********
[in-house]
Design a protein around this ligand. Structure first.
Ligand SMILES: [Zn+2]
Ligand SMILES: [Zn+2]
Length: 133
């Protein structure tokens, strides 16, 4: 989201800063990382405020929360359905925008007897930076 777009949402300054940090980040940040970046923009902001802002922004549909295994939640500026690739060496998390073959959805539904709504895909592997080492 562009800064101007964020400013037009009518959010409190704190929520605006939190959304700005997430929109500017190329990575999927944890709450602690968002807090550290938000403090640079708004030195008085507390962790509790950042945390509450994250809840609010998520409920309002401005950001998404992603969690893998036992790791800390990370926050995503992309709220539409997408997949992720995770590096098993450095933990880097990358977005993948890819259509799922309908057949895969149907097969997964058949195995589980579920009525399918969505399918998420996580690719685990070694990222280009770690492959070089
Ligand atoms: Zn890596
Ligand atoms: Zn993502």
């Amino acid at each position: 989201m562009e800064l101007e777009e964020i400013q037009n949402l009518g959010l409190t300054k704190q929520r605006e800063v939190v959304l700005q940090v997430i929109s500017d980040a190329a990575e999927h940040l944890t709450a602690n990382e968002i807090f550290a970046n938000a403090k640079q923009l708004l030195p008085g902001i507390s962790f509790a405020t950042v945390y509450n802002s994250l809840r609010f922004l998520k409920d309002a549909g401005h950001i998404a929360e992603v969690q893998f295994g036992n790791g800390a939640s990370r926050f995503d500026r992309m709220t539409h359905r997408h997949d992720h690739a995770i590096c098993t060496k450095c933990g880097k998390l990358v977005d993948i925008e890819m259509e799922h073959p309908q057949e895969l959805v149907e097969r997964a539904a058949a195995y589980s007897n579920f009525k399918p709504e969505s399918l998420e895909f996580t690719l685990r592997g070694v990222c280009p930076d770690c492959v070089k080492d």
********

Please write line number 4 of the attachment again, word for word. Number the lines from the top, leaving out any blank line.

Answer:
Ligand SMILES: [Zn+2]